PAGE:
What to Know About Credit Card Processing: 5 Tips for Getting the Lowest Pricing
Editor’s note: This is a guest post provided by Ben Dwyer founder and CEO of CardFellow.com, a service that allows small business owners to compare credit card processors for free and save 40% on average from credit card processing fees. Ben has written several articles on credit card processing including Credit Card Processing Exposed, that are essential for every small business owners merchant account tool kit. Ben has the ability to make a seemingly complicated process very easy to and understand. Visit his blog for more informative articles.
Credit card processors are quick to promise savings, but few actually explain how costs will be reduced, or by how much. If you know you’re overpaying for credit card processing, but can’t get a straight answer to determine why, this article is for you. The following five tips will show you how to cut through the smoke and mirrors to lower your business’s credit card processing costs.
1.) Never ask a processor, “What’s your rate?”
The first and biggest mistake that almost everyone makes when shopping for credit card processing is asking several processors the fateful question,
“What’s your rate?”
The rate a processor charges impacts cost far less than the pricing model it uses to assess fees. The first question you should be asking a credit card processor is,
“What pricing model does your company use?”
Credit card processors use two general types of pricing to assess fees. The first is called interchange pass-through pricing, and the second is called bundled pricing. Interchange pass-through pricing is by far the more transparent and least expensive of the two, and it eliminates a processor’s ability to charge hidden fees. Only after you know all of your potential processors are using interchange pass through pricing should you begin inquiring about rates.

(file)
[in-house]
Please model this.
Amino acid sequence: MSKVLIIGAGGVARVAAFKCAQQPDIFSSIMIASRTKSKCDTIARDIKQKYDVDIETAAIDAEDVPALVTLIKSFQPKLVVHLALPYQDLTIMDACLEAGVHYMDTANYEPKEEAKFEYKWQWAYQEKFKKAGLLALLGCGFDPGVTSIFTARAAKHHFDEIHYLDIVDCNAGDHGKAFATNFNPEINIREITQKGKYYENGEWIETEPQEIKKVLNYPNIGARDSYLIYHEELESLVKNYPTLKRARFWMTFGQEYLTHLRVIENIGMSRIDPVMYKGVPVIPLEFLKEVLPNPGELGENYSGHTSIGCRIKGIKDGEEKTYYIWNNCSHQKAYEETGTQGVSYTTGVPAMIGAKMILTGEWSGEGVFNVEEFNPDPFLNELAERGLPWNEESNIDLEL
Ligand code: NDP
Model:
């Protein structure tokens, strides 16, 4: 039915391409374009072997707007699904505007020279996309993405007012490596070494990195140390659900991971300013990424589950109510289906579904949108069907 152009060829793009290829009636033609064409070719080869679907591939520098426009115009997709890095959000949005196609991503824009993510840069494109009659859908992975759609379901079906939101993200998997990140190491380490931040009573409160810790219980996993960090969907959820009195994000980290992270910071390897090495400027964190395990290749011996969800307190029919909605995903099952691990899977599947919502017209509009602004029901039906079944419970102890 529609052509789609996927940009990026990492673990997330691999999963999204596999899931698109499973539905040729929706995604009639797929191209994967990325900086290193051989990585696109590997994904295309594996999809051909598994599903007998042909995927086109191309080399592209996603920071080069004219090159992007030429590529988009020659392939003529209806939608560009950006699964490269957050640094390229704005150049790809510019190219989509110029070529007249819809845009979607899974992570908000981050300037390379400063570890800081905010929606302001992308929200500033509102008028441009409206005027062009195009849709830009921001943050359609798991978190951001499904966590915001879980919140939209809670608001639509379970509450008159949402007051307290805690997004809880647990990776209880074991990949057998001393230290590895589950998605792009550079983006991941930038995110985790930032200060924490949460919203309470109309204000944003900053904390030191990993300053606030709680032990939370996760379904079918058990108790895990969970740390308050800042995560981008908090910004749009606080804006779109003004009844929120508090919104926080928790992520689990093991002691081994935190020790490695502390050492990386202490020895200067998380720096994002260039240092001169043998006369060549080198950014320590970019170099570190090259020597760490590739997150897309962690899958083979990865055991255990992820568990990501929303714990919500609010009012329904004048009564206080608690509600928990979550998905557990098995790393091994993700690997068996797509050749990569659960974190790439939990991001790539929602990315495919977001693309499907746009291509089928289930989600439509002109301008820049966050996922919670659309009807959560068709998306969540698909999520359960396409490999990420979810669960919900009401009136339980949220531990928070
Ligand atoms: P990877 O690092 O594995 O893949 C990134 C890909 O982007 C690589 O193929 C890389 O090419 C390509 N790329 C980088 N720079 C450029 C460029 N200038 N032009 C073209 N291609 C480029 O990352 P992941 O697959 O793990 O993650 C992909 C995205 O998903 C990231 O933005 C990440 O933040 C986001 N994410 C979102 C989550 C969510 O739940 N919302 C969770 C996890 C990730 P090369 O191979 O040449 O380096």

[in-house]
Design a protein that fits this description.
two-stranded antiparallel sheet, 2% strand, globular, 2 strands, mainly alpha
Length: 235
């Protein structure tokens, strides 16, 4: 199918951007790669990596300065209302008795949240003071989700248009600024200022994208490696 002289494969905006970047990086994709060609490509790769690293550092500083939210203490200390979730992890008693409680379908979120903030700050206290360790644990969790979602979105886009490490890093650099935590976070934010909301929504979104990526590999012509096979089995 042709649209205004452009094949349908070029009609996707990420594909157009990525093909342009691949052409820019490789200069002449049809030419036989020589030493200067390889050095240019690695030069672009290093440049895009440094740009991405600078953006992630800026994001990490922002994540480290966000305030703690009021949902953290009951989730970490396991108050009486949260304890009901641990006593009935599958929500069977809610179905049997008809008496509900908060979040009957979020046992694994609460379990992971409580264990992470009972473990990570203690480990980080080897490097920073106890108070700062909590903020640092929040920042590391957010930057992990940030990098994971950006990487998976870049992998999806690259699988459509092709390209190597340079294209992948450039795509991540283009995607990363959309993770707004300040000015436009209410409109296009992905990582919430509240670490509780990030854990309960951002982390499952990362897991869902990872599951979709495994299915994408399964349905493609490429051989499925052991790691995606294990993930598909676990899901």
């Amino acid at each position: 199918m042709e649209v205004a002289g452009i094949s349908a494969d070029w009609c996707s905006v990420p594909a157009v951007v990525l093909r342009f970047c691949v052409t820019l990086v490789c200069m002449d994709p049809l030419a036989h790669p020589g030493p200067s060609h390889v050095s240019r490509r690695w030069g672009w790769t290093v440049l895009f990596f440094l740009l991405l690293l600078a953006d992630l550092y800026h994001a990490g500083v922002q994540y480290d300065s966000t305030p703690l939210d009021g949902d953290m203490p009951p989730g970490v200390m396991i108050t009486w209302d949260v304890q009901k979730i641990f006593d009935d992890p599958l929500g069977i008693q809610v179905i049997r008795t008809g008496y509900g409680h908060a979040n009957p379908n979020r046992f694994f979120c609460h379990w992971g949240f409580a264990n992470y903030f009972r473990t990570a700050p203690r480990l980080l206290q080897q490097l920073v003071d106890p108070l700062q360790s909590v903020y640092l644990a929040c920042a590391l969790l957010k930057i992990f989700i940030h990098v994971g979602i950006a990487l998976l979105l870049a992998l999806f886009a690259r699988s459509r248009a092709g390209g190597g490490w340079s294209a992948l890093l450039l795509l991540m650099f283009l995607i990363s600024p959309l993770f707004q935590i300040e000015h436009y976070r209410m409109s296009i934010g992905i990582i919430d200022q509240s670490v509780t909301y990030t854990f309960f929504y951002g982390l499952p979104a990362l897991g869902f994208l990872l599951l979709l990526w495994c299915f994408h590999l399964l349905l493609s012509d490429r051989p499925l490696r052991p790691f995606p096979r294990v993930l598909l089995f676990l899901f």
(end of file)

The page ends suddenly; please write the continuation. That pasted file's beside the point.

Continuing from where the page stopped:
2.) “Wholesale” credit card processing rates are available online.
You can and should know what a processor pays the bank before you ask for its rates. Every single credit card processor pays the same exact rate to process various types of transactions. For example, the cost for any processor to transact a swiped Visa reward credit card is 1.65% of the sale amount plus a $0.10 transaction fee.
Credit card processing’s wholesale rates are called interchange fees. Interchange fees determine how much processors pay the banks that issue credit cards (called issuing banks), and interchange fees are consistent among all processors. You can view the wholesale pricelists (interchange fee schedules) for the credit card processing industry right now by following these two links:
3.) Look at the big picture.
People tend to focus on rates when comparing credit card processors while other important components of cost are overlooked. The most accurate way to compare processors is not by the rate each one charges for individual transactions, but instead, by the effective rate that accounts for all costs.
The effective rate shows how much in volume a business pays back in gross charges. For example, if a business pays $250 in fees to process $10,000, the business’s effective rate is 2.50% (250 / 10,000 * 100 = 2.5). Calculating the effective rate for each prospective credit card processor is a simple matter of adding up all of the fees that would be incurred during an average month of sales. So as long as you use the same sales figures for each processor, you will end up with an all-inclusive picture of costs for comparison.
4.) Leave your options open.
Processors often attempt to lock businesses into multi-year contracts with hefty cancellation charges, but you don’t have to agree to a processor’s terms. Use the fierce competition in the processing industry to your advantage and refuse to pay a cancellation fee. You will be surprised how quickly processors agree to your demands. However, never mistake a verbal agreement as final, and always read the written agreement carefully before signing to ensure the cancellation fee has in fact been dropped.
5.) Always buy, never lease.
In most cases, credit card processors make more money by leasing equipment than by processing transactions. New credit card machines can be purchased from honest processors for only a few hundred dollars. Compare this to leasing a machine at $48 a month over five years and the cost difference is astronomical. A credit card processor that even attempts to lease a credit card machine clearly puts profits ahead of integrity.
Do you ask the vital questions mentioned above when selecting a credit card processor? Share your payment processing experience in the comments section below.
Ben Dwyer is founder and CEO of CardFellow.com. CardFellow is a free online marketplace where businesses receive instant quotes from pre-screened credit card processing services along with expert guidance and support.
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